One of the most difficult aspects of the General Data Protection Regulation (GDPR) is the obtaining of an individual’s consent to the processing of their data. The Information Commissioner’s Office (ICO) has just issued draft Guidance which puts more flesh on the bones of GDPR’s requirements in this area.
The first thing to note is that this is only draft Guidance. The consultation period in respect of it runs until 31 March 2017. The ICO indicates that thereafter it will aim to publish finalised Guidance by May 2017. However, a further word of caution is sounded by the ICO in that the Guidance might be subject to any guidelines issued by the collective body of European Data Protection Regulators, the Article 29 Working Party.
Despite this, the draft Guidance is broadly helpful and useful in our view. Here are the main themes:
More focus on other grounds to process data
The ICO recognises that GDPR sets a high standard for consent and it will not be easy to obtain. The ICO therefore encourages organisations to look at other possible grounds for processing data where those are the real bases for the processing, such as the legitimate interests of the data controller or processing necessary for the performance of a contract. This is particularly the case in the context of employees where the ICO notes it will be very difficult to say employees can ever consent in terms of having any real choice. The ICO also points out that organisations should not be seeking consent where processing would still be conducted without it, as to do so would be misleading and “inherently unfair”.
What is “explicit consent”?
A big question in GDPR is what is the difference between ordinary consent and explicit consent? Explicit consent can be needed, for example, when processing special categories of data like health related information. Here the ICO says “explicit” means that consent must be expressly confirmed in words, rather than being implied from any other positive action. As for ordinary consent, this must be opt-in, such a positively ticking a box or clicking a link, signing a consent statement, confirming an agreement to an email requesting consent, oral confirmation (remembering that this must be properly recorded) or choosing between binary yes/no options. Silence, pre-ticked boxes, opt-out boxes or inactivity will not be sufficient.
Consent clauses should be very clear
When seeking consent to data processing the ICO says that the relevant terms must be kept separate from other terms and conditions. When explicit consent is required this should be kept separate from other consents. Consent should also be sought in a granular way. Unless it would be confusing, each purpose and each type of processing requires a separate consent rather than one tick box for all processing. If it needed to be said, the ICO is highlighting that Privacy Notices given to individuals are likely to require a fundamental overhaul in order to satisfy the stringent requirements of GDPR.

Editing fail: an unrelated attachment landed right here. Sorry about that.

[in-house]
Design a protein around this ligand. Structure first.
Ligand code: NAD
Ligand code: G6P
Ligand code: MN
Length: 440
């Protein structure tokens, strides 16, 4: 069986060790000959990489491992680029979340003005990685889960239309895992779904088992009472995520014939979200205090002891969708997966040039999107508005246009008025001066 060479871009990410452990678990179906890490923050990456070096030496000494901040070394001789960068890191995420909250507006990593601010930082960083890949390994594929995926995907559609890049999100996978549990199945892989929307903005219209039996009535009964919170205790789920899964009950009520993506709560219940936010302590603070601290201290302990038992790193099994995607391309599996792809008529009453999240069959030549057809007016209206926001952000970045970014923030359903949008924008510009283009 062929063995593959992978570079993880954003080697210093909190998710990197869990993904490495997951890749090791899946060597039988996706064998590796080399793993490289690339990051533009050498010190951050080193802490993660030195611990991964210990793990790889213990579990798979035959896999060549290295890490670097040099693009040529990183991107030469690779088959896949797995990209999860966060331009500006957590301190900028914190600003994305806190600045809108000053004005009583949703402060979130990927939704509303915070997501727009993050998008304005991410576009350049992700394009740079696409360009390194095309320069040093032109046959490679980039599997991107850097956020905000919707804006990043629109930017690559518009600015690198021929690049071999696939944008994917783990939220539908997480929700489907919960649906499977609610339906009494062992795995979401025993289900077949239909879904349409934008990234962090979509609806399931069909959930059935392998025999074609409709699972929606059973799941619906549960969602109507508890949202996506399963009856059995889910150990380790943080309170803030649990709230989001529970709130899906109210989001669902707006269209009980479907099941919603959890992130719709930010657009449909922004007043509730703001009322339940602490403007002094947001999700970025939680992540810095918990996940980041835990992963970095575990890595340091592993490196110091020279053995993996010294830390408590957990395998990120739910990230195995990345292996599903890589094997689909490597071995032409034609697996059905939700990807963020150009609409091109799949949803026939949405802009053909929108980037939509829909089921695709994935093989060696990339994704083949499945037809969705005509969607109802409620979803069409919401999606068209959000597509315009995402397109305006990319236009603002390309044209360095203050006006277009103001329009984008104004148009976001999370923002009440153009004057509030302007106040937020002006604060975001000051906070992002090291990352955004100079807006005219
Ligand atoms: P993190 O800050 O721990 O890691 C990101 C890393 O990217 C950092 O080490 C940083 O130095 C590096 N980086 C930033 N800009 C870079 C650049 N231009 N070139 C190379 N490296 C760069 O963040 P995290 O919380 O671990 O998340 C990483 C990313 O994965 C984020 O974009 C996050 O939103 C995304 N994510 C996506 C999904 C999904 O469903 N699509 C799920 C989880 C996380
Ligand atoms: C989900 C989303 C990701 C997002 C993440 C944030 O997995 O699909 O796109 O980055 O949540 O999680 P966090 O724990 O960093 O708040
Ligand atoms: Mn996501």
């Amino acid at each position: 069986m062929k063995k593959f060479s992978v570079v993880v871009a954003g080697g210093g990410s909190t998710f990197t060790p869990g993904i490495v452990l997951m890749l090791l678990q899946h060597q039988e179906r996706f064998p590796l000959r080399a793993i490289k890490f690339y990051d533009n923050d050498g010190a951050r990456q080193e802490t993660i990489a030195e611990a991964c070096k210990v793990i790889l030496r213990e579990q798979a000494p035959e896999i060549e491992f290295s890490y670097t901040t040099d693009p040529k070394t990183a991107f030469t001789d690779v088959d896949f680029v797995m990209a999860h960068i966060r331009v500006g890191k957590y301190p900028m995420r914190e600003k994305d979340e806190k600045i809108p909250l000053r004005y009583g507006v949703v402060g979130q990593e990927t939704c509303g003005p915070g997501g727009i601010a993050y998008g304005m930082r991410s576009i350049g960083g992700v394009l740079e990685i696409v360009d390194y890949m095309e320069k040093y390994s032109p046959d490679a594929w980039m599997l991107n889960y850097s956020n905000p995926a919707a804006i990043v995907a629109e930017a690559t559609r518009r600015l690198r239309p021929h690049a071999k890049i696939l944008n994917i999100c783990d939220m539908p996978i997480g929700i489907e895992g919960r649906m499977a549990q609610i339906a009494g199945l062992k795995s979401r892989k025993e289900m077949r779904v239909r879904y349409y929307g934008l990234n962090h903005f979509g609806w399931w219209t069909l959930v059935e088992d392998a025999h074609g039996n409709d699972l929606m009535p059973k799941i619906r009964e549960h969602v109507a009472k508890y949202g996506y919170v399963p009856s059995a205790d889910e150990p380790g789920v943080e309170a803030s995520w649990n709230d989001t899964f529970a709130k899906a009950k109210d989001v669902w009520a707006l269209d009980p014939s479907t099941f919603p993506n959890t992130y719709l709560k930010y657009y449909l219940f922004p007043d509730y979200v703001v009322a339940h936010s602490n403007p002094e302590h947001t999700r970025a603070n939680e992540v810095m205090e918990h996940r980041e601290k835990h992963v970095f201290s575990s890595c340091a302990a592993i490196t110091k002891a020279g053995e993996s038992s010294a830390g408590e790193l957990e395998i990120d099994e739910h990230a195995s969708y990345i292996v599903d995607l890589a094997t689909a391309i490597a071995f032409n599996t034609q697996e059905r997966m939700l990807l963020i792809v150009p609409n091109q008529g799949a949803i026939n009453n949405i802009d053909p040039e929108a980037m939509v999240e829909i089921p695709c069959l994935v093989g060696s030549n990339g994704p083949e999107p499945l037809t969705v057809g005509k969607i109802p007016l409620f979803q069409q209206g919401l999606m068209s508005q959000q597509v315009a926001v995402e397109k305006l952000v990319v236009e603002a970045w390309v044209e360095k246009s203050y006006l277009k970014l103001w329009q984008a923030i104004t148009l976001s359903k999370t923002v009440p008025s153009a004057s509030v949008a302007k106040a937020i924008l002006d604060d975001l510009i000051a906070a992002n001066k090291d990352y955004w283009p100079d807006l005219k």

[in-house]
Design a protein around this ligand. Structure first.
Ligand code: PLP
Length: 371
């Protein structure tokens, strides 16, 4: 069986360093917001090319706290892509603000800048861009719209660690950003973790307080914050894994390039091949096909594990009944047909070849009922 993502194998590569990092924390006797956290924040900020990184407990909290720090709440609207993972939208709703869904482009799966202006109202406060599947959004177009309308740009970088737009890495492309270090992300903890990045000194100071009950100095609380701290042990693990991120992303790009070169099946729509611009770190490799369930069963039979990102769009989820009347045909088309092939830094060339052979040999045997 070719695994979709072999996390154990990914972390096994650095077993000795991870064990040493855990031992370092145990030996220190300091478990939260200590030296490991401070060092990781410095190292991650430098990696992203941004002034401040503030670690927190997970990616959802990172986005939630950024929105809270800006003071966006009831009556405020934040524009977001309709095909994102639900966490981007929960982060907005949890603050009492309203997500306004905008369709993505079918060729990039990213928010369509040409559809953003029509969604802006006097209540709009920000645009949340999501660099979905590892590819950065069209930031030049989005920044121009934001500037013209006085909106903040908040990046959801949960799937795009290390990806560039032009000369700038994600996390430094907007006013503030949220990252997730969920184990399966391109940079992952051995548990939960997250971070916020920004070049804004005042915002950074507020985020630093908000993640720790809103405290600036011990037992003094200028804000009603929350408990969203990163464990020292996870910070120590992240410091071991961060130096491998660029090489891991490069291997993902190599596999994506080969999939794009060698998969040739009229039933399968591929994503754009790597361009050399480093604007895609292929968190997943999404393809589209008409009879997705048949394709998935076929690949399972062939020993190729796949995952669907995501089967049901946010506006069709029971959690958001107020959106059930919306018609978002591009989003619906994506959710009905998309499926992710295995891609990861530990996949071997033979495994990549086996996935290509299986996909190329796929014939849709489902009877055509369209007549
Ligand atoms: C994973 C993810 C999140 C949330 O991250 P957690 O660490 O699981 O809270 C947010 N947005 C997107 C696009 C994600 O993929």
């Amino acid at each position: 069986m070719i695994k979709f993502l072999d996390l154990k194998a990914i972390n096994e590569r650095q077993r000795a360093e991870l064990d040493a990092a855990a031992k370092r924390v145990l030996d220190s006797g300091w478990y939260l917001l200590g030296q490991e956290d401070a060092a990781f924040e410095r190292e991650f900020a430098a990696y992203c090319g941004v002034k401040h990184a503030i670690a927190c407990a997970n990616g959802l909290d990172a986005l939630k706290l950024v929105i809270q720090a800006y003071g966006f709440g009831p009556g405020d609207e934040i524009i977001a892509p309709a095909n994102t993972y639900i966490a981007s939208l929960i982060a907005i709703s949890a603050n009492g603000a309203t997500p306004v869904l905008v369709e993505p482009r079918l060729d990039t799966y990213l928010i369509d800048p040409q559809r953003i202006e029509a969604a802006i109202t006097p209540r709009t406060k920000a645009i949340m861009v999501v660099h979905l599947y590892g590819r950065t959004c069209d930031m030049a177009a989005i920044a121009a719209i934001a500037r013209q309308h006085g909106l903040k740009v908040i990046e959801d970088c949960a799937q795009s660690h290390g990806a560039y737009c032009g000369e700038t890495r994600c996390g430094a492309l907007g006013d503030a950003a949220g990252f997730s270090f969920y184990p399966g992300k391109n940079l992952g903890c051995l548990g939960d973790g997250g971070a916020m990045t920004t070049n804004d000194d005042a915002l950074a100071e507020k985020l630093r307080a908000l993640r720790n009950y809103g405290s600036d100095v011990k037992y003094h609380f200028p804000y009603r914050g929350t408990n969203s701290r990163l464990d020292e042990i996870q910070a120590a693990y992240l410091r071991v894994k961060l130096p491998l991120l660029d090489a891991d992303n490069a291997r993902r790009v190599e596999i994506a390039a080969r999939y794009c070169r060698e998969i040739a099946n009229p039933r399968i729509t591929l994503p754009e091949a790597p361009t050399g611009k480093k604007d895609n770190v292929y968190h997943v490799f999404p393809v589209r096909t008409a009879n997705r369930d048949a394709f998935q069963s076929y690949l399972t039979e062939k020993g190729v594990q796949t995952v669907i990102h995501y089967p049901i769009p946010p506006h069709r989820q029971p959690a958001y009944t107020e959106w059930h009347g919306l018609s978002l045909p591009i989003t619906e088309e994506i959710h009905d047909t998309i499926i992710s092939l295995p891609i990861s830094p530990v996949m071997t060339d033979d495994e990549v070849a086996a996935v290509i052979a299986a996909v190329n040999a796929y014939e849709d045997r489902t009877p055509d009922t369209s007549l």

Does data need to be re-consented?
The ICO makes clear that consents obtained under the current regime may not be sufficient for GDPR. In that case the data will need to be re-consented before May 2018 or another ground of processing found to legitimise its continued processing.
The record keeping burden will be strict
The ICO says that evidence of consent kept on spreadsheets summarising when it was given will not be enough. Records of the actual consent will need to be kept. Where consent is given orally a note should be made and retained.
Other key points
The ICO makes other points which are apparent from the text of GDPR, such as consent should not be a pre-condition of signing up to a service unless necessary for providing that service and consent should be easy to withdraw.
Where do we go to from here?
There is a degree of unreality to these requirements in terms of individuals being prepared to go through consent provisions in this level of detail. The ICO is right to recognise that organisations will therefore have to focus much more on other grounds to legitimise processing. Do not forget however that those grounds need to be properly assessed and recorded (a point the ICO emphasises) and Privacy Notices will still need to be issued to the affected individuals so that they are aware of what is being done with their data and the basis for it.
There is also a degree of frustration that these Guidelines are taking so long to produce and finalise. Given the magnitude of the task, many organisations have already begun to seek consent in a GDPR compliant way or re-consent existing data.
At least there is an opportunity to provide on these draft Guidelines.